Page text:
The Maryland Senate voted 47-0 in favor of a $46.6 billion state budget on Thursday, and budget negotiators from both chambers are expected to start meeting on a compromise spending plan Friday afternoon.
Before the chamber’s final vote, Sen. George Edwards (R-Western Maryland) thanked Budget and Taxation Chair Nancy J. King (D-Montgomery) on behalf of the Republican members of the committee, for her first year of work as chairwoman.
“She did a tremendous job,” Edwards said. “She allowed us to have input, especially in areas where we have expertise to draw upon. I think that’s important to the process.”
Edwards said that while he could pick apart a piece or two from every budget, he was pleased with the overall product this year.
“This is a great budget and hopefully we can prevail when we get into conference committee with the House. And I’m sure with Sen. King’s guidance, we’ll do that,” he said.
The budget plan was also lauded by another Republican in the chamber, albeit cautiously.
Sen. Andrew Serafini (R-Washington) said he loved the Senate’s spending plan and the constrained way it deals with spending for Kirwan Commission recommendations and other areas. But he also warned the chamber that more work is ahead in the future: the state’s Rainy Day Fund could use a little extra cushion, a structural deficit still looms and programs that were cut years ago still haven’t been paid back, he said.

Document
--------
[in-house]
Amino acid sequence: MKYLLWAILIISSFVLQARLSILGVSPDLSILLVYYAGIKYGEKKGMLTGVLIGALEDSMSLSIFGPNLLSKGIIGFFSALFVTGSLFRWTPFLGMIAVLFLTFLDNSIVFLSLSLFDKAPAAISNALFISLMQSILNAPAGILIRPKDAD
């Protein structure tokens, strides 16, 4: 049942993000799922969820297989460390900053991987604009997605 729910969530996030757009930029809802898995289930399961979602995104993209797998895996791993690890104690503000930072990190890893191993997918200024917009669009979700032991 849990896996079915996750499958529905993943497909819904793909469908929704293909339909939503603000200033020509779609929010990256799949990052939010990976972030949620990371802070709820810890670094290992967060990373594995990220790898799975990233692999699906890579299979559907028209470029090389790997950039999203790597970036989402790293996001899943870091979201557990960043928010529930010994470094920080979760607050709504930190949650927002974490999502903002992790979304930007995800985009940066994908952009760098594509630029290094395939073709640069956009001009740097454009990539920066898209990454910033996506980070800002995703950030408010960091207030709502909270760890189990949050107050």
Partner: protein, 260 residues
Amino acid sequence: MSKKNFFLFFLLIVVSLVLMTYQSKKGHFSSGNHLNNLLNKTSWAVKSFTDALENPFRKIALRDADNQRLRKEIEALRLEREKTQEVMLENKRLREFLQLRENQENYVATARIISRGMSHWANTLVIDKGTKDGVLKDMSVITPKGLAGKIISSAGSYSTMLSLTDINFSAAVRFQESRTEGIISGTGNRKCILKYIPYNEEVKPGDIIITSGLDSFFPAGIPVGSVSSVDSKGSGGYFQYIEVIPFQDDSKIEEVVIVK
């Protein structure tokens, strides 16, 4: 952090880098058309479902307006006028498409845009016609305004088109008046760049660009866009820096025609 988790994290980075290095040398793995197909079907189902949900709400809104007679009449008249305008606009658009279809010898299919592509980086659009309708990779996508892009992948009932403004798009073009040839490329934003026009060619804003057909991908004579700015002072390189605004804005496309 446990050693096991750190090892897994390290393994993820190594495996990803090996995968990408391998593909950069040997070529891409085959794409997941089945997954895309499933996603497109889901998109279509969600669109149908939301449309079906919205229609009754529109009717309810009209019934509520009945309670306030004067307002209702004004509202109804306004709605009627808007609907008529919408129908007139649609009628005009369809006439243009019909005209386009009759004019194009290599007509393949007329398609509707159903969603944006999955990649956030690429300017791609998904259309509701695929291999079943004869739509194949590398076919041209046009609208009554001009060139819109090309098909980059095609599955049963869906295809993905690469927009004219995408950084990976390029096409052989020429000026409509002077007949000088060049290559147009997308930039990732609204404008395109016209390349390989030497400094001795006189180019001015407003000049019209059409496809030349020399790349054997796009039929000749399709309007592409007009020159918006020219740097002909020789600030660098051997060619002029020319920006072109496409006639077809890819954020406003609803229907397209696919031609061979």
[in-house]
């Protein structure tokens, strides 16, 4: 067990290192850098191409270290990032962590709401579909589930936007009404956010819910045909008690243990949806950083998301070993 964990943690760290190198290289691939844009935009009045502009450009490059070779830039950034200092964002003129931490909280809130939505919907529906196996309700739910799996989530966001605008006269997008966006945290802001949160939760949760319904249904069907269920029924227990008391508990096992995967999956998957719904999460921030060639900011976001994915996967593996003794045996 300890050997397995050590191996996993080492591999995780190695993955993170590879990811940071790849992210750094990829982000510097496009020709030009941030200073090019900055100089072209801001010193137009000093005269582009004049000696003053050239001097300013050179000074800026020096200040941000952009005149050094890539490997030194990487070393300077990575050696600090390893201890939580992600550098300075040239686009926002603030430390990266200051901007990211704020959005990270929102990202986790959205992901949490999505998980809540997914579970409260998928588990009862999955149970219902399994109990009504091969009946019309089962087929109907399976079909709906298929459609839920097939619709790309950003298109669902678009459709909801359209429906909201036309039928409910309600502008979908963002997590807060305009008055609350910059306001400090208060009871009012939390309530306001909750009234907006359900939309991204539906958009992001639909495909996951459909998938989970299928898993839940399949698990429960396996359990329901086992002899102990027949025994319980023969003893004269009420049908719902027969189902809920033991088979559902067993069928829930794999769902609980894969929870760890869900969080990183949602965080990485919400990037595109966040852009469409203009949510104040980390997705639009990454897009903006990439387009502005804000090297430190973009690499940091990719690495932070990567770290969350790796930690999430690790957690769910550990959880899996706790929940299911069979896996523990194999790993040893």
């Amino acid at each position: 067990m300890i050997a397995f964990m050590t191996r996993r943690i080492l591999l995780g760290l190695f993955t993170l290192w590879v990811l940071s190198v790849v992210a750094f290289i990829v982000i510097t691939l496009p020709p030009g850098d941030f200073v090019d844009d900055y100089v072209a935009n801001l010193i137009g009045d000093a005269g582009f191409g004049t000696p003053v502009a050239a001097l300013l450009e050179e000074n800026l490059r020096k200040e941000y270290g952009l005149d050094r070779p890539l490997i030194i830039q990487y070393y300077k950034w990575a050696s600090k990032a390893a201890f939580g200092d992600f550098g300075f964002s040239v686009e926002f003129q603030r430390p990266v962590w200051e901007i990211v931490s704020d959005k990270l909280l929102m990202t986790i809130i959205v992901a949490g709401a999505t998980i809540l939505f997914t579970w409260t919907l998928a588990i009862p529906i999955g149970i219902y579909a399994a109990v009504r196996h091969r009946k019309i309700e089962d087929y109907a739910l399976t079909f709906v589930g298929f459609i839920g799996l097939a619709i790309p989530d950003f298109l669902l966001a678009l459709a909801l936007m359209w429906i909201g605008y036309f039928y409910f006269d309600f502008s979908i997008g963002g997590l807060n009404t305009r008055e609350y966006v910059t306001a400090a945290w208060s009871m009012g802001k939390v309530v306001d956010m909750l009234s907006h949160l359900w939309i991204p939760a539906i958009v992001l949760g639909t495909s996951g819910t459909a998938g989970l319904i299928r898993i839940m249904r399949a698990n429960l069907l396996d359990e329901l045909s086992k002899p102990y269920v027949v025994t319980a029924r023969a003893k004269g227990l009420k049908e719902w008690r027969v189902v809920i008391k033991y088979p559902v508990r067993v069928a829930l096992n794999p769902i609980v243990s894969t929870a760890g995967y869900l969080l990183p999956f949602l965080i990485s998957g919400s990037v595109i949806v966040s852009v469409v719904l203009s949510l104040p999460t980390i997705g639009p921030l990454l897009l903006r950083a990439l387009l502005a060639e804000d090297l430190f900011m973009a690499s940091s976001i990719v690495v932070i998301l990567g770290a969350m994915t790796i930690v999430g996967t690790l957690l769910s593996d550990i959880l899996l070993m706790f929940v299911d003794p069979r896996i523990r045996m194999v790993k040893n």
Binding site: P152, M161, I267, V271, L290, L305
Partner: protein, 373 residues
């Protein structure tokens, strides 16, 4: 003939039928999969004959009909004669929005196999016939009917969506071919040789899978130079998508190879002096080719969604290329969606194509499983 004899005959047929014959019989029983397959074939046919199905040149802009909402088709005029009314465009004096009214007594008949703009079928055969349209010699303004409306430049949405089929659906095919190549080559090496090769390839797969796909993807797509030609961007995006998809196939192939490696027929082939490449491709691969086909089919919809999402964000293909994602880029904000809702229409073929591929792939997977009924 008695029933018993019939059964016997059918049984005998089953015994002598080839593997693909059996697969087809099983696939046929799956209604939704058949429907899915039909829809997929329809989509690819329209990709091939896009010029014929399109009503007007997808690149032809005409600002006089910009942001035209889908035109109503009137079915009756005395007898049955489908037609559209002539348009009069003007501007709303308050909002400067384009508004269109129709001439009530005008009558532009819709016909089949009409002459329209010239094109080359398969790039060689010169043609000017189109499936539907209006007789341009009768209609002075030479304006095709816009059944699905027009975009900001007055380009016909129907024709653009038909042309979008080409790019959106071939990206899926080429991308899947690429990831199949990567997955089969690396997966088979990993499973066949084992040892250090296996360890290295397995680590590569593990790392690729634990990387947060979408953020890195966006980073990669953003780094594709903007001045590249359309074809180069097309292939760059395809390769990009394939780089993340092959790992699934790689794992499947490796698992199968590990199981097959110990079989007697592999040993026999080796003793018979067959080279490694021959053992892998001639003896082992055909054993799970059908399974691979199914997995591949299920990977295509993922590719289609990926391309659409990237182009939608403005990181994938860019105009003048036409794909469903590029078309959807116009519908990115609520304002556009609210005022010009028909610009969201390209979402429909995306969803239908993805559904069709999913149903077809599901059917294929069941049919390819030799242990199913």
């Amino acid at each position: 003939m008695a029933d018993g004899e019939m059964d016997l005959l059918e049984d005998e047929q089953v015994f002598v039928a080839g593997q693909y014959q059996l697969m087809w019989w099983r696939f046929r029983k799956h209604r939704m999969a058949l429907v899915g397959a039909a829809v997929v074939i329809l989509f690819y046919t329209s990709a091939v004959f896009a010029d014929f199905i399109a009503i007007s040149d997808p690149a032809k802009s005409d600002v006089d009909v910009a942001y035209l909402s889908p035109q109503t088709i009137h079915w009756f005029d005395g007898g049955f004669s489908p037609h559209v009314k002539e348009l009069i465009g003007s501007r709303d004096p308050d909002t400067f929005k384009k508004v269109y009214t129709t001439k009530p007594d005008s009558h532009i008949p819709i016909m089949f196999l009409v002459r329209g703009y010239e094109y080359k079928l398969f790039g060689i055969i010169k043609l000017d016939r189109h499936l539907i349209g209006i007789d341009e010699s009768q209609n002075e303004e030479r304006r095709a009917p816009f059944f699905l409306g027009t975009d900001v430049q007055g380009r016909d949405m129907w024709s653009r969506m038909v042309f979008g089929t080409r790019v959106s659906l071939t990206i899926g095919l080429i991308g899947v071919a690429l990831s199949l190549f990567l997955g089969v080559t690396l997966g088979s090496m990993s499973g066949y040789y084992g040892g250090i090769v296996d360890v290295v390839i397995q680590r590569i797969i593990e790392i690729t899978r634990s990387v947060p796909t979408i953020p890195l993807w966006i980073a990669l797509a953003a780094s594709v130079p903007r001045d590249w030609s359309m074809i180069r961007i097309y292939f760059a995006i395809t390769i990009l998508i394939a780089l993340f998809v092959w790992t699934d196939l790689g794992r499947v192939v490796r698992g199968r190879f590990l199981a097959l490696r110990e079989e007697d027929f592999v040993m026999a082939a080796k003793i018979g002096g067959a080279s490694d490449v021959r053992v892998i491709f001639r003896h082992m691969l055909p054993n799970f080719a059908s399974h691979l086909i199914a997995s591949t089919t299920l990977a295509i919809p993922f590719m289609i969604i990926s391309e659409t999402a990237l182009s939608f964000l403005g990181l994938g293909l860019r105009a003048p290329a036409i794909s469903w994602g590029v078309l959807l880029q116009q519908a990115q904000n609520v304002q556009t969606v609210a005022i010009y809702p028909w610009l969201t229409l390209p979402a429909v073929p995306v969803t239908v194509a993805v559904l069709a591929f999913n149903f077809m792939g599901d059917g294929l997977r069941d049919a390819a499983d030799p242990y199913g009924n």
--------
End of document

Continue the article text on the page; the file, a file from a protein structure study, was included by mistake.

Sen. Cheryl C. Kagan (D-Montgomery) had considered introducing an amendment on Thursday to increase discrimination protections for children in private schools that receive state funding. She chose not to introduce the amendment, but told her colleagues she hopes protections are added regarding gender identity and for students with disabilities.
Senate President Thomas V. Mike Miller Jr. (D-Calvert) said officials received notice yesterday that the state has maintained its Triple-A bond rating, the longest continuous Triple-A bond rating for a state in the country.